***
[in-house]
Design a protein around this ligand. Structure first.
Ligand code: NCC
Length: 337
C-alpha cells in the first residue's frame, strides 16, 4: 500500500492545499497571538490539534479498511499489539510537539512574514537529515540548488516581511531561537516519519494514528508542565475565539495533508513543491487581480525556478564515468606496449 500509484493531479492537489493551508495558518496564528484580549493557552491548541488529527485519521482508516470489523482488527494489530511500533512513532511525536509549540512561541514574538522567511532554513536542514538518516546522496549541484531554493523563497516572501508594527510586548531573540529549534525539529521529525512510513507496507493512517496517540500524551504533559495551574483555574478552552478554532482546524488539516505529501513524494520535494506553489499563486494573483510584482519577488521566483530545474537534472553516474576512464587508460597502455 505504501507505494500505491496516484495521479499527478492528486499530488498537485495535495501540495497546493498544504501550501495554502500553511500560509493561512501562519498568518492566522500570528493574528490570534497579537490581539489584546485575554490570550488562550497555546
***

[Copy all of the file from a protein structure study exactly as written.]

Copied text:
[in-house]
Design a protein around this ligand. Structure first.
Ligand code: NCC
Length: 337
C-alpha cells in the first residue's frame, strides 16, 4: 500500500492545499497571538490539534479498511499489539510537539512574514537529515540548488516581511531561537516519519494514528508542565475565539495533508513543491487581480525556478564515468606496449 500509484493531479492537489493551508495558518496564528484580549493557552491548541488529527485519521482508516470489523482488527494489530511500533512513532511525536509549540512561541514574538522567511532554513536542514538518516546522496549541484531554493523563497516572501508594527510586548531573540529549534525539529521529525512510513507496507493512517496517540500524551504533559495551574483555574478552552478554532482546524488539516505529501513524494520535494506553489499563486494573483510584482519577488521566483530545474537534472553516474576512464587508460597502455 505504501507505494500505491496516484495521479499527478492528486499530488498537485495535495501540495497546493498544504501550501495554502500553511500560509493561512501562519498568518492566522500570528493574528490570534497579537490581539489584546485575554490570550488562550497555546